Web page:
Is this normal?

This is kind of hard to explain but is it normal to have to cycle the power on the robot and/or the Wireless N game adapter several times before communication will be established between the cRIO and the Drivers Station? This is not a new “problem” for us as it has existed since we first got our electronics in December. EVERY time we start up the robot we have to either cycle the power or pull the plug on the wireless N game adapter to get things communicating. Most of the time two or three cycles of just the game adapter does the trick but sometimes we have to shut off the main breaker and count to 10 before powering it back up. Early on it was irritating. Now it is just plain frustrating because it takes quite a bit of time and effort to get the robot/cRIO and the Driver Station talking. Once everything starts talking it is fine until you power off and back on again. I just can’t imagine that this is normal. If it is then there will be a lot of wasted time trying to get the robots communicating with the field at the beginning of each match. I’m not talking about the boot up delay either. With our system you could wait an hour and it won’t start talking unless you cycle the power just right, hold your breath and have all of the freshman jumping on their left foot facing North. :stuck_out_tongue:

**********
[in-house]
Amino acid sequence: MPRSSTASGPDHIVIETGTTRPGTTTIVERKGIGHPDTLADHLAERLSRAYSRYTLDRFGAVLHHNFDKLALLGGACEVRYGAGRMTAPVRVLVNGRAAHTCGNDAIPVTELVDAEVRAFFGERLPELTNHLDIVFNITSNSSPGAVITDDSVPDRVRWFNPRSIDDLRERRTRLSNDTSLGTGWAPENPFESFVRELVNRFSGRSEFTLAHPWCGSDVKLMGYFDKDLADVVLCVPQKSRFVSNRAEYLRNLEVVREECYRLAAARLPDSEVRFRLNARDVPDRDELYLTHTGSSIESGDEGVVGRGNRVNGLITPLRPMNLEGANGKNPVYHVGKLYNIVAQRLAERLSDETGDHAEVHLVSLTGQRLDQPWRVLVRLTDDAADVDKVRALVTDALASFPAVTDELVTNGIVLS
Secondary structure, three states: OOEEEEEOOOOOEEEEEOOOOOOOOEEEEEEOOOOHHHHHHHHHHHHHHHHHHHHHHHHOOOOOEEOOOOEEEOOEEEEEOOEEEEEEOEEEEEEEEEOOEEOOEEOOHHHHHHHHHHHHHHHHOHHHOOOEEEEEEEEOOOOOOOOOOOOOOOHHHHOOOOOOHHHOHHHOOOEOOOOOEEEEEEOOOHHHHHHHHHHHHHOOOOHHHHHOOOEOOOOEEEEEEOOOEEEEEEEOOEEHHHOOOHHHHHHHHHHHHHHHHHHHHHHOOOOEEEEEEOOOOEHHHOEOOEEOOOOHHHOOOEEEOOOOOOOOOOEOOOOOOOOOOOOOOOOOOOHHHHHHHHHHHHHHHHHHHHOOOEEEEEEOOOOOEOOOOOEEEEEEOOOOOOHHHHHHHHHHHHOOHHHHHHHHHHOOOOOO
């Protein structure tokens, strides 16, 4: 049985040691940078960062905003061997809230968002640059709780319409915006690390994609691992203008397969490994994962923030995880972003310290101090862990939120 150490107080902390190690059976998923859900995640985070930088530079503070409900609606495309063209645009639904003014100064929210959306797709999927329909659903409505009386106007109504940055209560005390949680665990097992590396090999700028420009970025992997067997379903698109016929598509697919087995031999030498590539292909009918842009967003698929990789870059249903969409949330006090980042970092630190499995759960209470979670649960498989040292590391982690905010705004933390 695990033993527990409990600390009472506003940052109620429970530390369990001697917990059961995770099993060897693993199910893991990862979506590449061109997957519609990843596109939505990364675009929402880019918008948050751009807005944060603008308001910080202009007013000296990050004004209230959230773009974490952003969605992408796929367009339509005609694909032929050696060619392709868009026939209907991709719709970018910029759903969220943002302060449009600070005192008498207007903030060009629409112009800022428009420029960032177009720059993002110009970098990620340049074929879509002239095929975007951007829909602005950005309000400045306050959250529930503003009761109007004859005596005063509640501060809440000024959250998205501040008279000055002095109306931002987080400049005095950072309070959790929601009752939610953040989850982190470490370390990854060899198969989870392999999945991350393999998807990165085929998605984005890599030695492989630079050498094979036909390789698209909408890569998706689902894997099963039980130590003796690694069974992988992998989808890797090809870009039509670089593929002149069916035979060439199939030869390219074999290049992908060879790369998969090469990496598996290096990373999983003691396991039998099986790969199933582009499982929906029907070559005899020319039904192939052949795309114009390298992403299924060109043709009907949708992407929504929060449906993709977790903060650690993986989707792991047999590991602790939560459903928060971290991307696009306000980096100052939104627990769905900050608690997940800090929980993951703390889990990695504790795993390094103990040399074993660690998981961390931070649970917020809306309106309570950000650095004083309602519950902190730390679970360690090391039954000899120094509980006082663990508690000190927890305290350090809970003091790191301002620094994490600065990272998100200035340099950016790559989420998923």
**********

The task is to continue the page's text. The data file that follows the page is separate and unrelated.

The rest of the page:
Are other teams having these sort of issues? Anyone know what we should try?

Have you been running new batteries every time you test the robot?

In a chat with 103 (beta testers) a few days ago we discussed how random loss of communication is possible if the battery is low on voltage. Although the battery is able to sustain robot functions, the wireless components are the first to reset with a low battery. I know it sounds too simple but try with batteries that are fully charged each time and let us know the result.

Make sure that you’re using the dedicated 12V output from the PD instead of any of the WAGO output pairs with a 20A breaker.